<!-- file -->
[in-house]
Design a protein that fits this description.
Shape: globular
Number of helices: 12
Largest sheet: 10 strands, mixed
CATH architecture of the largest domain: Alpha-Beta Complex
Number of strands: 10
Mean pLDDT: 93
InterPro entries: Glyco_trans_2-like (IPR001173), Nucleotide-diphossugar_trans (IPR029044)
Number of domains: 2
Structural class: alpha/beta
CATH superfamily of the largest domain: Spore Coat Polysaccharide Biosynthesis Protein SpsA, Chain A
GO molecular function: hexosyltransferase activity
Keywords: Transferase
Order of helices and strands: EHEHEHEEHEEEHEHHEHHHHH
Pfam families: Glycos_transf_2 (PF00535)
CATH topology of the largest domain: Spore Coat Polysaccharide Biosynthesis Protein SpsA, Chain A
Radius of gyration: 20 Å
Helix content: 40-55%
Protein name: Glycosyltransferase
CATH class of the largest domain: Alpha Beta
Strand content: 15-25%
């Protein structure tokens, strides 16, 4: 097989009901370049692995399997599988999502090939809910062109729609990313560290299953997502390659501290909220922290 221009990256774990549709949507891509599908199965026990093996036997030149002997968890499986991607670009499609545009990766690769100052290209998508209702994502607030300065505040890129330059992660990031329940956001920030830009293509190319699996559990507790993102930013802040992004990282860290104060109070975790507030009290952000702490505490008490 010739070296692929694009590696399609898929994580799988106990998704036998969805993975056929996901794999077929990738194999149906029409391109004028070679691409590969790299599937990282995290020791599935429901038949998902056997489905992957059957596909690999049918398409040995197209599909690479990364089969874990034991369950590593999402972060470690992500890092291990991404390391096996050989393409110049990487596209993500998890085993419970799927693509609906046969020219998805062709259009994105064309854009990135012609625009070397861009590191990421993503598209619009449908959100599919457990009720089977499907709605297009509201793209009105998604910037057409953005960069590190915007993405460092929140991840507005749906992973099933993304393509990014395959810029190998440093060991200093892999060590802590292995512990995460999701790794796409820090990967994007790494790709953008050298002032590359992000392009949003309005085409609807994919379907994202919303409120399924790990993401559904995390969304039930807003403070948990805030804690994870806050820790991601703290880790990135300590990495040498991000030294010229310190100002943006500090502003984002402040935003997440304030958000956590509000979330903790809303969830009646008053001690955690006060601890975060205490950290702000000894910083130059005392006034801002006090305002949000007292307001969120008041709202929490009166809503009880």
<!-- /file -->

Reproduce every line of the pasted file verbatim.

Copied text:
[in-house]
Design a protein that fits this description.
Shape: globular
Number of helices: 12
Largest sheet: 10 strands, mixed
CATH architecture of the largest domain: Alpha-Beta Complex
Number of strands: 10
Mean pLDDT: 93
InterPro entries: Glyco_trans_2-like (IPR001173), Nucleotide-diphossugar_trans (IPR029044)
Number of domains: 2
Structural class: alpha/beta
CATH superfamily of the largest domain: Spore Coat Polysaccharide Biosynthesis Protein SpsA, Chain A
GO molecular function: hexosyltransferase activity
Keywords: Transferase
Order of helices and strands: EHEHEHEEHEEEHEHHEHHHHH
Pfam families: Glycos_transf_2 (PF00535)
CATH topology of the largest domain: Spore Coat Polysaccharide Biosynthesis Protein SpsA, Chain A
Radius of gyration: 20 Å
Helix content: 40-55%
Protein name: Glycosyltransferase
CATH class of the largest domain: Alpha Beta
Strand content: 15-25%
């Protein structure tokens, strides 16, 4: 097989009901370049692995399997599988999502090939809910062109729609990313560290299953997502390659501290909220922290 221009990256774990549709949507891509599908199965026990093996036997030149002997968890499986991607670009499609545009990766690769100052290209998508209702994502607030300065505040890129330059992660990031329940956001920030830009293509190319699996559990507790993102930013802040992004990282860290104060109070975790507030009290952000702490505490008490 010739070296692929694009590696399609898929994580799988106990998704036998969805993975056929996901794999077929990738194999149906029409391109004028070679691409590969790299599937990282995290020791599935429901038949998902056997489905992957059957596909690999049918398409040995197209599909690479990364089969874990034991369950590593999402972060470690992500890092291990991404390391096996050989393409110049990487596209993500998890085993419970799927693509609906046969020219998805062709259009994105064309854009990135012609625009070397861009590191990421993503598209619009449908959100599919457990009720089977499907709605297009509201793209009105998604910037057409953005960069590190915007993405460092929140991840507005749906992973099933993304393509990014395959810029190998440093060991200093892999060590802590292995512990995460999701790794796409820090990967994007790494790709953008050298002032590359992000392009949003309005085409609807994919379907994202919303409120399924790990993401559904995390969304039930807003403070948990805030804690994870806050820790991601703290880790990135300590990495040498991000030294010229310190100002943006500090502003984002402040935003997440304030958000956590509000979330903790809303969830009646008053001690955690006060601890975060205490950290702000000894910083130059005392006034801002006090305002949000007292307001969120008041709202929490009166809503009880």